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Dear Parent Shamers: Please Back the @#$^ Off!

I assume you revel in any opportunity to "school" another parent because it makes you feel better about your own parenting skills, or perhaps lack there of.

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The following story was submitted by a Fatherly reader. Opinions expressed in the story do not reflect the opinions of Fatherly as a publication. The fact that we’re printing the story does, however, reflect a belief that it is an interesting and worthwhile read.

Dear Parent Shamers,

Seems I can’t go anywhere these days without coming across you. On-line parenting groups. Target. The park. You’re easy to pick out. You’re the one giving unsolicited advice when another parent is venting or rolling your eyes and whispering when you see someone trying to deal with a difficult child in public ⏤ like me, for example.

You have an answer for everything, especially those situations that no one has asked for your input on. Doesn’t matter if it’s nutrition, academics, healthcare, behavior, or macrame. You’ve got all the answers. Funny part is, you may not even have kids ⏤ which makes your unsolicited commentary even worse. Seriously, just stop.

Here’s some wisdom for you: Every child is different. Just because you have parenting all figured out with your own kids (or, better still, with your terrier), that doesn’t mean it’s going to work with everybody else’s. Yes, there are some universal truths ⏤ feed them, water them, clean them, don’t let them run with scissors, and beware silence. We’ve got that, thanks. Everything else is up for debate, though. You do realize that, right?

I know why you revel in every opportunity to “school” other parents. Because it makes you feel better about your own parenting skills, or perhaps your own parenting inadequacies? You relish every opportunity to convince yourself that you really do have it all figured out. That your kids will go on to be the superstars you desperately need them to be to validate your fragile self-worth. Well, good for you. But guess what? So might ours.

I’ve known a lot of fantastic parents with vastly different approaches to raising kids. Some breastfed. Some bottle fed. Some homeschool. Some public school. Some are vegan. Some are carnivores. Some limit screen time. Some worship the almighty iPad for the brief-but-glorious distraction it provides. Some are rolling in the money. Some are living on love.

Not only that, but some face challenges with their kids you couldn’t possibly fathom, even if you did climb down off your high horse long enough to try to relate. Challenges like dealing with an autistic child at the park when the sensory overload just gets to be too much for the little guy. The kinds of challenges I deal with every day. Everyone’s situation is different, which means the lessons they learn are different. Accept that.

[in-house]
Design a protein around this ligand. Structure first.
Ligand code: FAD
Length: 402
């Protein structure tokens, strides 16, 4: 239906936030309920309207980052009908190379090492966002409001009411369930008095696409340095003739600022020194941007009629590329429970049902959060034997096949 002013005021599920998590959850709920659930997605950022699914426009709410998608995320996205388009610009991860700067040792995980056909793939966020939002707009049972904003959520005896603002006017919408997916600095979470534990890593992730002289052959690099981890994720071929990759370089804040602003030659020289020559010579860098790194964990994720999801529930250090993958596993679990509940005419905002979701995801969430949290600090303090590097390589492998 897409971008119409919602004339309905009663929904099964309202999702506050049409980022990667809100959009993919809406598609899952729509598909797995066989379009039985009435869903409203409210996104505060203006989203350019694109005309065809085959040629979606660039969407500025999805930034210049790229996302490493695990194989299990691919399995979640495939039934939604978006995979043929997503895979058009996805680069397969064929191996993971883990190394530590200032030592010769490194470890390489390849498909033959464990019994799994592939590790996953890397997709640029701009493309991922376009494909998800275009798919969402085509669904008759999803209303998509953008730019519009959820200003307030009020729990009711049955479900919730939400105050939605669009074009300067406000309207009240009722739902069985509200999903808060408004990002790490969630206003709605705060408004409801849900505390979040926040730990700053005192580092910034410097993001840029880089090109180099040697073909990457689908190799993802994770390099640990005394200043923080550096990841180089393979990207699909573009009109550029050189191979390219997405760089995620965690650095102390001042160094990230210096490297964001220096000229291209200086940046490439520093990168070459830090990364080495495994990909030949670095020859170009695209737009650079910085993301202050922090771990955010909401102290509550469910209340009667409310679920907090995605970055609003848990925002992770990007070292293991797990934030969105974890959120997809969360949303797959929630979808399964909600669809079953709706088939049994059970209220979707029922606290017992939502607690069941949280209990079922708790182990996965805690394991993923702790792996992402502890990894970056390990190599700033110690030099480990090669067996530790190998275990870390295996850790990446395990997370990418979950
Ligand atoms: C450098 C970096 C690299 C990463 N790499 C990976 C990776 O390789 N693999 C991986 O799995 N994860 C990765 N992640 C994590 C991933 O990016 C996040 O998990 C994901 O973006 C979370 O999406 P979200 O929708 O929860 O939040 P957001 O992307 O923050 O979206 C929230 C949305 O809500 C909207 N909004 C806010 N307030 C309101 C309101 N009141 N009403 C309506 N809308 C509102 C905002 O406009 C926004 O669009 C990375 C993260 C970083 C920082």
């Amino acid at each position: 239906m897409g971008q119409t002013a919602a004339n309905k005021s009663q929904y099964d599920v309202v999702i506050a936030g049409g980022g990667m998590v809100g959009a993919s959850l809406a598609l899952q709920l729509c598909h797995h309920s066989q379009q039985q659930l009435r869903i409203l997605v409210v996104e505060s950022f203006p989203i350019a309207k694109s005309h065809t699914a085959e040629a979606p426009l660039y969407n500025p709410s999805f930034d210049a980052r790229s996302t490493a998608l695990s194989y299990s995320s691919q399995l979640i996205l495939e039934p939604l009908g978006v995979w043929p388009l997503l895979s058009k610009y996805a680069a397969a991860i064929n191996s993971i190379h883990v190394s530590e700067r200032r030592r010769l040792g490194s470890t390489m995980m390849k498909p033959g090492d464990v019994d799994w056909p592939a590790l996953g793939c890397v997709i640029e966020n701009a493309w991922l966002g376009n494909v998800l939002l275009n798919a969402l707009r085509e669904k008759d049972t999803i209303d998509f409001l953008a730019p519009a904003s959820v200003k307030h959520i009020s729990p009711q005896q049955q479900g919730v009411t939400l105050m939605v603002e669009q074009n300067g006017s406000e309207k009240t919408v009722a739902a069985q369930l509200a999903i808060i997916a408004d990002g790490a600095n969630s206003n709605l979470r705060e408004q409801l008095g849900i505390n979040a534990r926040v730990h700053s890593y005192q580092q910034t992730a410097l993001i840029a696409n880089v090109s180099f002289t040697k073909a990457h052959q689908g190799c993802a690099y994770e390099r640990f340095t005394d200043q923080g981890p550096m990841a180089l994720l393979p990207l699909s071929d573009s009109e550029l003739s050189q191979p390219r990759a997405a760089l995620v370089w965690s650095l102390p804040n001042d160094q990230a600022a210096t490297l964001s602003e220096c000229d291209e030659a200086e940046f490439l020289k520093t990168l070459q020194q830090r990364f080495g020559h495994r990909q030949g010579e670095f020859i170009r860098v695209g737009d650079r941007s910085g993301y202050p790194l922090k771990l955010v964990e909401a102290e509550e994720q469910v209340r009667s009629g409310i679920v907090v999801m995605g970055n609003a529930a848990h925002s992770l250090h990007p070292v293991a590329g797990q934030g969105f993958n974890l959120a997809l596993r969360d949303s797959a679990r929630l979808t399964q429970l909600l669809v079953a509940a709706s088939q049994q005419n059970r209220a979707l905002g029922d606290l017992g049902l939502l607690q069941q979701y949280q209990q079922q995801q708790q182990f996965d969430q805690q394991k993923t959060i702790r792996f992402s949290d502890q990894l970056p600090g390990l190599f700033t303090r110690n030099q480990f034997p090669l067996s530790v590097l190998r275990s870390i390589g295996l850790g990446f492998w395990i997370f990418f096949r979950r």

So next time you see a kid having a fit at the store, wearing the same play clothes they wore yesterday, or, God forbid, being permitted a Coke and a smile, do us all a solid: Give your fellow parents the benefit of the doubt. And if you absolutely must intercede or comment, how about something like this:

  • “Huh. That’s one way to do it. Not my idea, but to each their own.”
  • “Sometimes my kid can be a real ass-hat, too. Can I show my solidarity by purchasing you the liquor of your choice?”
  • “He really screwed that one up. Been there, done that. He’ll bounce back.”

Or, even better, the most helpful response one parent can offer another: “You’re looking a little overwhelmed. Been there myself. Is there anything I can do to help?” Doesn’t matter if they take you up on the offer or not. You paid them the respect due to another parent and just like that, have become the lifeline they so desperately need.

That’s the bare minimum, and if you can’t find it in you do any of those, just stay silent and get on with your own life. That actually is an appropriate response. Because if you choose instead to open your mouth, to drive outside your lane again, no amount of straight “A” report cards, meticulously organized PTA bake sales, Little League trophies, or “Parent of the Year” awards can excuse that. You’re a parent shamer, and you’re the worst.

All the Best,
Jeremy

An overgrown man-child and connoisseur of geek culture, Jeremy Wilson is striving to raise his two sons to become more responsible, self-actualized men than himself. So far they are not cooperating. You can follow his hijinx at fatherhoodinthetrenches.com